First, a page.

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A local paper recently published several dispatches from a literarily inclined adventurer. These mini-travelogues detailed his and a traveling companion’s rugged excursion down a long stretch of the Mississippi. Mosquitoes loomed large. Muck stuck canoes. Comfort food and lodging seemed a distant dream. With his words, he wove a vivid picture of sunsets and sore muscles. Two proud, bitten, sweaty, smelly, aging, yet still adventurous males survived all that nature threw at them and somehow came out the better for it. Though I admired the skill with which the writer described his journey, I secretly scoffed at the extent of the hardship he and his companion had suffered.
Wimps, I thought to myself. I’d grappled with more adversity in two hours than they had in two weeks.
My journey took place on suburban sidewalks. I ventured forth not with an aging and adventurous traveling companion with whom to male-bond, but with two young girls, ages five and seven — siblings prone to competition and conflict. I ventured forth not in a canoe, crowded with an adventure’s worth of supplies, but on foot, equipped only with a house key, three small water bottles, and a ratty backpack.
My traveling companions had more gear: helmets, wrist pads, elbow pads, kneepads, and shiny, gleaming new scooters. Heading for my seven-year-old’s summer art class, we set out on an unusually brisk, partly cloudy July morning. The scooters, purchased the weekend prior, had been tested only on circular laps through the park across the street. The scooter journey was my suggestion, as a way to get past the foot-dragging lack of enthusiasm being displayed for making it to class at all.
“Hurrahs!” greeted my suggestion.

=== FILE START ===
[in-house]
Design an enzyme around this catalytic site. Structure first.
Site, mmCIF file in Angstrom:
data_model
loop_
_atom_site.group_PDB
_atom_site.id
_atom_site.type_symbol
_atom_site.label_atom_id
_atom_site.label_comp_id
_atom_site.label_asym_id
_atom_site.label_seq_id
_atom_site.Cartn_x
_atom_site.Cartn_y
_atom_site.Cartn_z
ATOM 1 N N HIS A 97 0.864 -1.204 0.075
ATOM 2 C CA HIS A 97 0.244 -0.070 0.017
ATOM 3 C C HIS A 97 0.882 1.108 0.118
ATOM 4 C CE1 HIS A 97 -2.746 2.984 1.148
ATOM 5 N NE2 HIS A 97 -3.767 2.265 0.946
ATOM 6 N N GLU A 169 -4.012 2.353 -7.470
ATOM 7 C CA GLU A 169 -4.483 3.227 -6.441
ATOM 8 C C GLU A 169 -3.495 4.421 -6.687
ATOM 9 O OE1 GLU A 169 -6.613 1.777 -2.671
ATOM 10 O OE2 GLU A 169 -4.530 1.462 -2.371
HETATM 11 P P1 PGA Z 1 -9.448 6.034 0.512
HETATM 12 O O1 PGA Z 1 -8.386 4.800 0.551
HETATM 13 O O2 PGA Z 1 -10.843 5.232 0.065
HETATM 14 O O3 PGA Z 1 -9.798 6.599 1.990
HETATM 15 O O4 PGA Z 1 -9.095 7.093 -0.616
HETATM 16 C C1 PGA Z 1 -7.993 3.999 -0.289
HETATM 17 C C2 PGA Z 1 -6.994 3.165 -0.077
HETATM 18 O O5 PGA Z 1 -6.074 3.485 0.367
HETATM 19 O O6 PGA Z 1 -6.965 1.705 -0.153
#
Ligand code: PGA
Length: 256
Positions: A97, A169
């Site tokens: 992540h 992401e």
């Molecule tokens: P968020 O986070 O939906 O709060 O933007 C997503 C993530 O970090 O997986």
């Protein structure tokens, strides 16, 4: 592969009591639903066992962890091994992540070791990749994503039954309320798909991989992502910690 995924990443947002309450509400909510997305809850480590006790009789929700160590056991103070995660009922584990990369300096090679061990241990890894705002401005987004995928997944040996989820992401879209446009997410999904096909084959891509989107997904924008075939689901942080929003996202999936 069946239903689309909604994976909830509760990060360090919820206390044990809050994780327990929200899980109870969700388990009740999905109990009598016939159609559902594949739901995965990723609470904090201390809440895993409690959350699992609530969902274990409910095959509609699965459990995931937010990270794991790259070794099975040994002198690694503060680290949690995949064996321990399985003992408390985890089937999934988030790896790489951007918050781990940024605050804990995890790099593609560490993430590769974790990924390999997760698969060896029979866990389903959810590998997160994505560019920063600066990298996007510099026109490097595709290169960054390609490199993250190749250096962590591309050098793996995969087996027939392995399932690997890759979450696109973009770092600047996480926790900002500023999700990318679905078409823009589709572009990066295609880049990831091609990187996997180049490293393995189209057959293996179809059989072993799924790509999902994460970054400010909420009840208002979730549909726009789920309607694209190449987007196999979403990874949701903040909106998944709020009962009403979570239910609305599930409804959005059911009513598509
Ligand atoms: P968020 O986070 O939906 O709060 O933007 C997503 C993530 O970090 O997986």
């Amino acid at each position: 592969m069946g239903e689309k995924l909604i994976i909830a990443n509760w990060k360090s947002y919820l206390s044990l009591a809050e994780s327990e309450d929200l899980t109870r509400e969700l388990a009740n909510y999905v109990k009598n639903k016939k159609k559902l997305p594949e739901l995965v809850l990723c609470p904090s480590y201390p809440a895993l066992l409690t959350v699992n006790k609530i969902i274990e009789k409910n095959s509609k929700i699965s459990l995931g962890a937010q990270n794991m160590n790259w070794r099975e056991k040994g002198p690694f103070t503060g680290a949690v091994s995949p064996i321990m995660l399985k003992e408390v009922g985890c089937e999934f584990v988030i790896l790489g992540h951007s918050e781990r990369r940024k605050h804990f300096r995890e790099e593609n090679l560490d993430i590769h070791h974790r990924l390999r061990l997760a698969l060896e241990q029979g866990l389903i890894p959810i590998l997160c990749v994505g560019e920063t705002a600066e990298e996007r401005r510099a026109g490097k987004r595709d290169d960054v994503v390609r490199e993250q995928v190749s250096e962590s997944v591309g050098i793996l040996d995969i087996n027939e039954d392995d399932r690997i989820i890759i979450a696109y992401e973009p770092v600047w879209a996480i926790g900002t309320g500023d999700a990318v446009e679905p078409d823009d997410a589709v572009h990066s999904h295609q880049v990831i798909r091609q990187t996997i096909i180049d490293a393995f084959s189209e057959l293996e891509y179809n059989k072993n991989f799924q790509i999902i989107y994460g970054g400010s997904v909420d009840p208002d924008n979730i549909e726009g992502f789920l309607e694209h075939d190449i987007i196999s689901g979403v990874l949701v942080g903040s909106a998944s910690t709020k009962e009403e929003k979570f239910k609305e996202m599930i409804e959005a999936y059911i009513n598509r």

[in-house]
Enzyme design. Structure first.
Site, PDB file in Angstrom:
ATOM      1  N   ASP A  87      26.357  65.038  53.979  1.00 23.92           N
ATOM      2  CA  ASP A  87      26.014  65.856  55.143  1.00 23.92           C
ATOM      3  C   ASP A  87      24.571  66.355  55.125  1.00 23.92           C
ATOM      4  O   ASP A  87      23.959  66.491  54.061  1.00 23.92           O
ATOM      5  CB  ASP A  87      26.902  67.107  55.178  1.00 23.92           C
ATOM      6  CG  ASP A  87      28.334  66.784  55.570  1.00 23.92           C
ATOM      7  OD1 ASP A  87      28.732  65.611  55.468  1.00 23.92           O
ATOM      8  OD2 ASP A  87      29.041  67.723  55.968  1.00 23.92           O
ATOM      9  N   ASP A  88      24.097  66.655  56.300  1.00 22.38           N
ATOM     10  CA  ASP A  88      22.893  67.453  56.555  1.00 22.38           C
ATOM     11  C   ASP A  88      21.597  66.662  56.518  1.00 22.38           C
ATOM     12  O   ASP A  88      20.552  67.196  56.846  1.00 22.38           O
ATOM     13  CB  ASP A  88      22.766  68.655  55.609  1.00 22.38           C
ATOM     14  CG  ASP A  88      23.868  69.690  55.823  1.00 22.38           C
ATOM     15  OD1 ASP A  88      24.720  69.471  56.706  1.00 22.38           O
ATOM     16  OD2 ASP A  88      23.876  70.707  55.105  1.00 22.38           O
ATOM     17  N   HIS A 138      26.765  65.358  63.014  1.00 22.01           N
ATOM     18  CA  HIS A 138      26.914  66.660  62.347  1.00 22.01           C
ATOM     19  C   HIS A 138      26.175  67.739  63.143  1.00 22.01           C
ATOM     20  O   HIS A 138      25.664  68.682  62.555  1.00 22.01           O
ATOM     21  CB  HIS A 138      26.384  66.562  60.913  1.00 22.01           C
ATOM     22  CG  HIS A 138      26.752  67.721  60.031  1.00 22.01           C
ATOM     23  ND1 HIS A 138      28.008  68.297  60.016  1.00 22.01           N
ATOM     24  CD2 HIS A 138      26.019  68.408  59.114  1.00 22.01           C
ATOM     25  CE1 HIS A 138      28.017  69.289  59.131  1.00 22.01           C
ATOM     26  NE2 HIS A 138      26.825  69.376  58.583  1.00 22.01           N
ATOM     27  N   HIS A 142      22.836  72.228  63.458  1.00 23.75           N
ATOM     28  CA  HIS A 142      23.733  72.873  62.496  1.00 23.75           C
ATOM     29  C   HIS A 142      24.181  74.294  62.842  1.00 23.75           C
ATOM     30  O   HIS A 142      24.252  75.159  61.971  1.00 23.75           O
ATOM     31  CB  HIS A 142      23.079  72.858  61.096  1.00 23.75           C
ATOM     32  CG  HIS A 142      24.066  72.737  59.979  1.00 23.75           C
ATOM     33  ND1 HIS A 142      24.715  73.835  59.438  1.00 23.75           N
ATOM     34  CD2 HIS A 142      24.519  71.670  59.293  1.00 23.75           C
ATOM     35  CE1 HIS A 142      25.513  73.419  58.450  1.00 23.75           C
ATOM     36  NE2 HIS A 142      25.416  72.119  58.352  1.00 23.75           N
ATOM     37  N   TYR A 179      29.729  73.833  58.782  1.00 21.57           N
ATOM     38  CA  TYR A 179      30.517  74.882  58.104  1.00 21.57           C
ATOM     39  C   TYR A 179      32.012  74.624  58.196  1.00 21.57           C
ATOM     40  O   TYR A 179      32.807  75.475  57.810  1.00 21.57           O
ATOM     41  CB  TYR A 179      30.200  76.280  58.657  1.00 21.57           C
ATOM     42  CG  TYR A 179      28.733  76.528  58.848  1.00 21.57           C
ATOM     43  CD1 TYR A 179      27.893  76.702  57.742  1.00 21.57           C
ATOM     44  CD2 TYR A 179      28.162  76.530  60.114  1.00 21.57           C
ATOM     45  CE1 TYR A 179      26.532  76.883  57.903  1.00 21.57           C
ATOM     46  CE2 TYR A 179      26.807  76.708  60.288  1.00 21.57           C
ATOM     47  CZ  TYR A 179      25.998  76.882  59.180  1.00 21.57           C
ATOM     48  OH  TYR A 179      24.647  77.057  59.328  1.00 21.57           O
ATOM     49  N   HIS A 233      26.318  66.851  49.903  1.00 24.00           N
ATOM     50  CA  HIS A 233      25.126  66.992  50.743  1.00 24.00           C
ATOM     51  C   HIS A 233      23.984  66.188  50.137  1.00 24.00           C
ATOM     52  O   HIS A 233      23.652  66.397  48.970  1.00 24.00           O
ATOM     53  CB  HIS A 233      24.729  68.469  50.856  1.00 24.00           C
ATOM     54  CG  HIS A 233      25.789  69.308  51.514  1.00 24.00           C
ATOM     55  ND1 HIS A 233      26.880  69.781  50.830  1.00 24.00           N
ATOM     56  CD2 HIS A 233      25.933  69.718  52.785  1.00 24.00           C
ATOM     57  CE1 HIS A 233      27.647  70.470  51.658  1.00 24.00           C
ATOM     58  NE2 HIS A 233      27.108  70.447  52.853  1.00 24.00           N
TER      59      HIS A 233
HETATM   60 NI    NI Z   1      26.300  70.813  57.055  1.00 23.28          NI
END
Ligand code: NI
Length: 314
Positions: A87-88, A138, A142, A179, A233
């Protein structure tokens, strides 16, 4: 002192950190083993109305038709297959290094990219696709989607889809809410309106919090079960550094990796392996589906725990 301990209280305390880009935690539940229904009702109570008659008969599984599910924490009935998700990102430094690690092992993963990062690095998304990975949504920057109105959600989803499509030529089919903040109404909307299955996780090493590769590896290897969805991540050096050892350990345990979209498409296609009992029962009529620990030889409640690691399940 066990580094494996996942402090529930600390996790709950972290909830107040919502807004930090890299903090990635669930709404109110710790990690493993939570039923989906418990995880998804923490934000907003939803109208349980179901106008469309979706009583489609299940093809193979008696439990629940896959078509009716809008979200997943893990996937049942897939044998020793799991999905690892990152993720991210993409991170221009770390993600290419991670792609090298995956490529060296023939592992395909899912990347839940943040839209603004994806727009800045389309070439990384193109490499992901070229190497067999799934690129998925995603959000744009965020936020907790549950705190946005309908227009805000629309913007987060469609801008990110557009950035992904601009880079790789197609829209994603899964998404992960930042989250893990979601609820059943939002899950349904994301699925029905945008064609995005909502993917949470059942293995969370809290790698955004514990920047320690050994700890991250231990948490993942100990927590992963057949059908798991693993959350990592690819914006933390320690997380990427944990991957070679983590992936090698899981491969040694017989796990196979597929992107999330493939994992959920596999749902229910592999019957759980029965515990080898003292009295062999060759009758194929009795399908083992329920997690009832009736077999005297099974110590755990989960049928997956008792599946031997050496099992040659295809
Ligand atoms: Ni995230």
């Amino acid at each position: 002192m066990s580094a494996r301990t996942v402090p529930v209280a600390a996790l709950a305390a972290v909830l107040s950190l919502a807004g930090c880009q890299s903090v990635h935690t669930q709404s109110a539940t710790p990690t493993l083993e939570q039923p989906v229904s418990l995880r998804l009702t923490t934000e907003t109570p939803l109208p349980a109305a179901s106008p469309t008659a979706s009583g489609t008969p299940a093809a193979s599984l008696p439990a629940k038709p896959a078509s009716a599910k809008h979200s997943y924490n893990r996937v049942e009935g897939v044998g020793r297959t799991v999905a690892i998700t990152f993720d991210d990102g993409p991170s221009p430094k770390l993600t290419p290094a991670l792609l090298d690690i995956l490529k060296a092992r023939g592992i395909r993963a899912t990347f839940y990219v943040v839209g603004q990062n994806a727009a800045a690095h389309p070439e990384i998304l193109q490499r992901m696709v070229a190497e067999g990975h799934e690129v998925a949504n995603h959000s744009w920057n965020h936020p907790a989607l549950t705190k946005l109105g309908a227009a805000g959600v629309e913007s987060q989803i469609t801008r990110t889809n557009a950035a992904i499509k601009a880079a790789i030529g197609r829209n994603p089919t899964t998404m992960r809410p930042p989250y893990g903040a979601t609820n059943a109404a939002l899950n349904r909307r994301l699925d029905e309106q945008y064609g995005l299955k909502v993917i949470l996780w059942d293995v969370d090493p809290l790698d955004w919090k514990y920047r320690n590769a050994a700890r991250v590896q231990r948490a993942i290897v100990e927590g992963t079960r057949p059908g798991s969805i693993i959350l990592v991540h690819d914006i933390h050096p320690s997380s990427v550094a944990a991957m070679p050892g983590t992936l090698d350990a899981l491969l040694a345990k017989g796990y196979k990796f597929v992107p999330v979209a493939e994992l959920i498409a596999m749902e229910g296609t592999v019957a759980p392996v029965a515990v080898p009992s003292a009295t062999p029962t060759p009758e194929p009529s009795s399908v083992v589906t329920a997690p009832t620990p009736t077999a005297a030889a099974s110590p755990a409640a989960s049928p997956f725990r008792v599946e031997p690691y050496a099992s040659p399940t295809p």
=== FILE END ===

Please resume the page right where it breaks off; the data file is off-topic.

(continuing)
My traveling companions made it out of their pajamas and into some semblance of daytime clothes. We foraged in the closet for the newly purchased scooter pads. We strapped six pads onto each young adventurer, using 20 Velcro closures. We retrieved the scooters from the garage. My daughters scootered halfway down the block, and I fast-walked to keep up. A chill wind blew at our backs. “We’re cold!” the young adventurers announced. While they rested up after their 25-yard journey, I ran back to the house for jackets. I rejoined them and struggled to jacket the heavily padded adventurers. I finally determined that four of each daughter’s six pads (12 Velcro closures) would have to be removed and reattached on top of the jackets.
We accomplished this process, and I checked my watch. The plenty of time I’d planned for the journey had shrunk considerably. “Hurry!” I coached my young adventurers. We proceeded to the next block. A crack loomed large in front of one daughter. She hit it and toppled over, her pads protecting everything but her pride. We stopped to restore her shaken confidence. I checked my watch and began to regret my daring idea for the scooter journey. We proceeded to the next block.
“I’m hot!” one young adventurer announced.
“Me too!” agreed her companion.
The sound of Velcro being rapidly ripped open pierced the suburban air. Twelve reaffixed closures later, I carried my daughters’ jackets and again encouraged forward scooter progress. One young adventurer screeched at the other, when her speed propelled her into a five-yard lead. The leader huffily waited, then screeched as she was passed. The muscles in my neck tightened with tension. I helped my young adventurers overcome still-greater obstacles. My dog-aphobic kindergartener had to abandon her scooter several times to distance herself from potentially dangerous passing canines. I calmed her and coaxed her to continue.